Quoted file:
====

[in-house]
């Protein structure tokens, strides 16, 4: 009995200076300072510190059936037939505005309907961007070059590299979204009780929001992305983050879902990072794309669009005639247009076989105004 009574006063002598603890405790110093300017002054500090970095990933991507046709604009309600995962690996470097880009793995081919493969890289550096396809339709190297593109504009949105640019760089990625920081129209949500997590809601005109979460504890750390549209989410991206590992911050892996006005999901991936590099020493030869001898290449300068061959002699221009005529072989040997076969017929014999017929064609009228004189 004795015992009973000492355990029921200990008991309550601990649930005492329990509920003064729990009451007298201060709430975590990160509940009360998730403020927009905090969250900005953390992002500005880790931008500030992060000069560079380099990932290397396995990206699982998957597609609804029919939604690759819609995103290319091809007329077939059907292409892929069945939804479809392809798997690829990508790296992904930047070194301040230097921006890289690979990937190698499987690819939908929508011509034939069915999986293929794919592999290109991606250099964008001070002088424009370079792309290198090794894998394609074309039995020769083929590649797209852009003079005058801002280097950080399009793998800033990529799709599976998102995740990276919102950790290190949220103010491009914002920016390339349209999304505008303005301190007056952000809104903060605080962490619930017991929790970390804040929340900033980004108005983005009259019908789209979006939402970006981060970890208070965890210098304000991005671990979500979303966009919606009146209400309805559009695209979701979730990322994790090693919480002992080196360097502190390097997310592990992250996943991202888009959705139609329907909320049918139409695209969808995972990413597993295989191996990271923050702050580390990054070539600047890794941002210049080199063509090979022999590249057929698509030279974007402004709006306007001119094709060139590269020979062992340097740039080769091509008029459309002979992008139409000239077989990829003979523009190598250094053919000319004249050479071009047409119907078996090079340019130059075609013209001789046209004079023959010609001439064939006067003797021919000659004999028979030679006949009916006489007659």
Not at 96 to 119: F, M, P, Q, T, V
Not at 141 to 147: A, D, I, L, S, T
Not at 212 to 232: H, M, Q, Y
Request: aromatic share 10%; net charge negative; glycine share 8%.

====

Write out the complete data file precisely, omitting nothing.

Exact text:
[in-house]
């Protein structure tokens, strides 16, 4: 009995200076300072510190059936037939505005309907961007070059590299979204009780929001992305983050879902990072794309669009005639247009076989105004 009574006063002598603890405790110093300017002054500090970095990933991507046709604009309600995962690996470097880009793995081919493969890289550096396809339709190297593109504009949105640019760089990625920081129209949500997590809601005109979460504890750390549209989410991206590992911050892996006005999901991936590099020493030869001898290449300068061959002699221009005529072989040997076969017929014999017929064609009228004189 004795015992009973000492355990029921200990008991309550601990649930005492329990509920003064729990009451007298201060709430975590990160509940009360998730403020927009905090969250900005953390992002500005880790931008500030992060000069560079380099990932290397396995990206699982998957597609609804029919939604690759819609995103290319091809007329077939059907292409892929069945939804479809392809798997690829990508790296992904930047070194301040230097921006890289690979990937190698499987690819939908929508011509034939069915999986293929794919592999290109991606250099964008001070002088424009370079792309290198090794894998394609074309039995020769083929590649797209852009003079005058801002280097950080399009793998800033990529799709599976998102995740990276919102950790290190949220103010491009914002920016390339349209999304505008303005301190007056952000809104903060605080962490619930017991929790970390804040929340900033980004108005983005009259019908789209979006939402970006981060970890208070965890210098304000991005671990979500979303966009919606009146209400309805559009695209979701979730990322994790090693919480002992080196360097502190390097997310592990992250996943991202888009959705139609329907909320049918139409695209969808995972990413597993295989191996990271923050702050580390990054070539600047890794941002210049080199063509090979022999590249057929698509030279974007402004709006306007001119094709060139590269020979062992340097740039080769091509008029459309002979992008139409000239077989990829003979523009190598250094053919000319004249050479071009047409119907078996090079340019130059075609013209001789046209004079023959010609001439064939006067003797021919000659004999028979030679006949009916006489007659």
Not at 96 to 119: F, M, P, Q, T, V
Not at 141 to 147: A, D, I, L, S, T
Not at 212 to 232: H, M, Q, Y
Request: aromatic share 10%; net charge negative; glycine share 8%.